Monthly Archives: January 2021

A Winter’s Tale

I’m reading Shakespeare’s A Winter’s Tale. To keep all the characters and events straight, it helps me to get a summary. Here are two short videos I found.

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Posted by on January 30, 2021 in fiction


Education Report

The 1776 Commission Report

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Posted by on January 21, 2021 in history, non-fiction


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Chicago’s Sweet History

I expected more from Chicago’s Sweet Candy History.

Written by Leslie Goddard, Chicago’s Sweet Candy History consists of lots of historic pictures with facts about candy companies and confectioners under each. I wish there’d been more exposition, more text. It provides a good overview in snippets, but I wanted more details about the facts.

I was also surprised that there was no mention of the Brach Candy heriess’ disappearance and murder. Helen Brach lived not far from me and in the 1980s her disappearance was big news. She’d gone to the Mayo Clinic and stopped at a shop but never was seen from again. Thirteen years later police learned that she was murdered by a horse trader. If that story is missing, what else is?

I’m glad I didn’t buy this book. It’s a good collection of pictures with some information, but if I had been able to see this at the library, I doubt I’d even check it out.

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Posted by on January 17, 2021 in history


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Good Morning Zoom

Is this a parody or a clever gimmick intended for children? I wanted more satire. This disappointed. There are a lot of riffs on the Good Night Moon book, which is something of a literary lullaby. Good Morning Zoom tries to explain the Lockdown culture. I think something else could do that better.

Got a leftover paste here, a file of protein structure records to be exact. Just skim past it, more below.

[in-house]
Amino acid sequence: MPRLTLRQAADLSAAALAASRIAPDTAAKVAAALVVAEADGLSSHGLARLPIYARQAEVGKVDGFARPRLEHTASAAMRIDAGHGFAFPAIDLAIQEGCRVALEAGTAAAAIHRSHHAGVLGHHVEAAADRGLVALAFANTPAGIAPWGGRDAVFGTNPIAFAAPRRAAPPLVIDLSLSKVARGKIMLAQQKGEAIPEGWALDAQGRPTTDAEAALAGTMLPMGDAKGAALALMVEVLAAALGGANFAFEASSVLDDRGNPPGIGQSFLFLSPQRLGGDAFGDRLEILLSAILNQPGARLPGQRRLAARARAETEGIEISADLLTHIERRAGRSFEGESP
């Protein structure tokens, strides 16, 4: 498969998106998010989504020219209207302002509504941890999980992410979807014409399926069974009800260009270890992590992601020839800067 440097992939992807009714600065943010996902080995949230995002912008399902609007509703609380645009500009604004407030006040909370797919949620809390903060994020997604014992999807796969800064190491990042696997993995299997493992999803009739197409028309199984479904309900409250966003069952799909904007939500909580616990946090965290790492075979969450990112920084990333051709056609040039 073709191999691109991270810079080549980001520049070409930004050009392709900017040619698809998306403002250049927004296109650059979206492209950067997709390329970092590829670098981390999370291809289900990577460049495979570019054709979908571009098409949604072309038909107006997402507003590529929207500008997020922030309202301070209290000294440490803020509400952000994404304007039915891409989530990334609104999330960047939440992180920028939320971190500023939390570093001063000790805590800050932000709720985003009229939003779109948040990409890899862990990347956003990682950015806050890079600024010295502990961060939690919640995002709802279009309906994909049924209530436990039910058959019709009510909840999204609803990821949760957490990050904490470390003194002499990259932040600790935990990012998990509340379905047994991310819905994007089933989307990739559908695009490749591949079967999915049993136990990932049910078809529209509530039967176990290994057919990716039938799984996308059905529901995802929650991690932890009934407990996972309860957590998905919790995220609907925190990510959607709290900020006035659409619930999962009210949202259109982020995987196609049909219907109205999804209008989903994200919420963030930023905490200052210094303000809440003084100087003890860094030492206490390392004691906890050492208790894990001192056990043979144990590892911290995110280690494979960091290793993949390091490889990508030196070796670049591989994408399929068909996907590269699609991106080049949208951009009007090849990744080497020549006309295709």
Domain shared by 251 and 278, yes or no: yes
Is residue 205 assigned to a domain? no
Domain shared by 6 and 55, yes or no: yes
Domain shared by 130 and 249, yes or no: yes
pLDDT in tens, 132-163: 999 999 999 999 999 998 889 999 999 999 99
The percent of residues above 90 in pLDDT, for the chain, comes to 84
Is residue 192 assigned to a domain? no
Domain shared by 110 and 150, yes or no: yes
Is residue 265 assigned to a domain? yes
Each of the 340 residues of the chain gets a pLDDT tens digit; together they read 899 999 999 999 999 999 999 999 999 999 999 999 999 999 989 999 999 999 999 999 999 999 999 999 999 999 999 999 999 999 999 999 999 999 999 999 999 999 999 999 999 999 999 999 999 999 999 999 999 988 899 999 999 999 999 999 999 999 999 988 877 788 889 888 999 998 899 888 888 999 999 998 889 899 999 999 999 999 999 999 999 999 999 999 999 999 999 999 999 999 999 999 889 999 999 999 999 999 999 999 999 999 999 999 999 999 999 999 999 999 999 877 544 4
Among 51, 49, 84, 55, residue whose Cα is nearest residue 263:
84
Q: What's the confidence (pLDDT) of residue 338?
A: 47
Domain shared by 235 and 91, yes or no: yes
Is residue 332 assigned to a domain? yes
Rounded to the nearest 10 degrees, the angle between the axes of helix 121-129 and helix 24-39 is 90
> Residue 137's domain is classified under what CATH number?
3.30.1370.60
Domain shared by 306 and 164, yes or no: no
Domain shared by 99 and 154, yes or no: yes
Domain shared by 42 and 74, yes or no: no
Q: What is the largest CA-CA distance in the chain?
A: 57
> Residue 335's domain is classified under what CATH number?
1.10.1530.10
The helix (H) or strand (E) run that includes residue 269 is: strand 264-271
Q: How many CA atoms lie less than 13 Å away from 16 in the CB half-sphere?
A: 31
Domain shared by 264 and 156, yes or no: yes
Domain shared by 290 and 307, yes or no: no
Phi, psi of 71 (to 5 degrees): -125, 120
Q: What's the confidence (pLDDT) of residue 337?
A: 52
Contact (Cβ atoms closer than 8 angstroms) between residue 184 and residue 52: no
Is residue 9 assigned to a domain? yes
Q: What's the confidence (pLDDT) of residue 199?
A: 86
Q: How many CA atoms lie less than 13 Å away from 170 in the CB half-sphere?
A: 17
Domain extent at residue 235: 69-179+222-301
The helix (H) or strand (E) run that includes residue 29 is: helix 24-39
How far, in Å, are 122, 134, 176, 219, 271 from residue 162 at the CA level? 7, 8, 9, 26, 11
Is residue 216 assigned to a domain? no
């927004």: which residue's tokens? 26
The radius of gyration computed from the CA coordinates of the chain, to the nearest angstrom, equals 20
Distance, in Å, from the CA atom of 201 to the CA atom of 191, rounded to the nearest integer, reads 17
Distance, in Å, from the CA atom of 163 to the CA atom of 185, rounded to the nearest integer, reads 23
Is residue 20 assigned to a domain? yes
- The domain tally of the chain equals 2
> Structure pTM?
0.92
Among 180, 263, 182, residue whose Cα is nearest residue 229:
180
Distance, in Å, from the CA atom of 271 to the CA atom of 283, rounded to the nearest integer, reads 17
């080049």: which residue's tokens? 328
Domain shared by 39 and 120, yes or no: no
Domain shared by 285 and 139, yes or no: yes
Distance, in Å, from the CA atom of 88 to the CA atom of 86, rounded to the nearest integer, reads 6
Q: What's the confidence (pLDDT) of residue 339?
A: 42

I saw this beside the cash register at my local book store. It’s intended as an impulse buy. Try to resist as I did.

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Posted by on January 14, 2021 in book review, humor


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A graphic history of the first atomic bomb, Trinity shows the history of development of The Bomb from the Curie’s experimentation with  radioactivity to the Manhattan Project to the aftermath of Hiroshima and Nagasaki. It’s a concise book with lots of science, math and history. I was surprised that it would offer so much detail on the scientists’ work and personal history.

I enjoyed this quick, educational read. It’s good for ages 12 and up.

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Posted by on January 11, 2021 in book review


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“For last year’s words belong to last year’s language 
And next year’s words await another voice.”

T. S. Eliot

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Posted by on January 3, 2021 in quotation



The Booksellers

A thumbs up for this charming documentary.

No Fixed Plans

My friend Kevin recommended the documentary The Booksellers, which introduces people to to quirky world of selling rare books. Taking place in New York City, the film interviews booksellers, young and mainly old some of whom have been in the family business for generations. Viewers learn about rare books which are bought for their characteristics as an object rather than as something to read.

You’ll see the booksellers in their habitats whether it’s a tiny apartment filled from floor to ceiling with old books or a warehouse with 300,000 books.

The subjects interviewed love their work, even though it’s at a precarious stage. As one man said, they’re part gold digger, part salesman. That pithy quote actually makes it sound easier than I think it is. They have to find that rare gem and then the right buyer, whether it’s a library, museum or collector.

Collectors were also featured. The…

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Posted by on January 3, 2021 in fiction


Poem of the Week

Snow flakes

By Emily Dickinson

I counted till they danced so
Their slippers leaped the town –
And then I took a pencil
To note the rebels down –
And then they grew so jolly
I did resign the prig –
And ten of my once stately toes
Are marshalled for a jig!

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Posted by on January 1, 2021 in American Lit, poetry